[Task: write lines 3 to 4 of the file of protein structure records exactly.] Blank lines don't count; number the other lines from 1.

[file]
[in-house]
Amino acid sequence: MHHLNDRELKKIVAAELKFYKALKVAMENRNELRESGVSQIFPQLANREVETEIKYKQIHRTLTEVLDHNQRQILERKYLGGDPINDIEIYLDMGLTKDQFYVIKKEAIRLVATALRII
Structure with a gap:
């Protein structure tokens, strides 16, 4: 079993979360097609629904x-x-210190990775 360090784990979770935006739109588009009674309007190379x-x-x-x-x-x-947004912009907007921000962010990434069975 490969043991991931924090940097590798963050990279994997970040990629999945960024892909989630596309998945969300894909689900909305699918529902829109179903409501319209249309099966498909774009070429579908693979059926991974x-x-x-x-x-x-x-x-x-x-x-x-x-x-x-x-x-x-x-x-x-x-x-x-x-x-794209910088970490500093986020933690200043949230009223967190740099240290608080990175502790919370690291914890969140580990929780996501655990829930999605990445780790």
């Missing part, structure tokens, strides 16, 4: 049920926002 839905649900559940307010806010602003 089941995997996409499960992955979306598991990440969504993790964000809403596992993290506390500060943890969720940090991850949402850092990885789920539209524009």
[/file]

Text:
Structure with a gap:
């Protein structure tokens, strides 16, 4: 079993979360097609629904x-x-210190990775 360090784990979770935006739109588009009674309007190379x-x-x-x-x-x-947004912009907007921000962010990434069975 490969043991991931924090940097590798963050990279994997970040990629999945960024892909989630596309998945969300894909689900909305699918529902829109179903409501319209249309099966498909774009070429579908693979059926991974x-x-x-x-x-x-x-x-x-x-x-x-x-x-x-x-x-x-x-x-x-x-x-x-x-x-794209910088970490500093986020933690200043949230009223967190740099240290608080990175502790919370690291914890969140580990929780996501655990829930999605990445780790």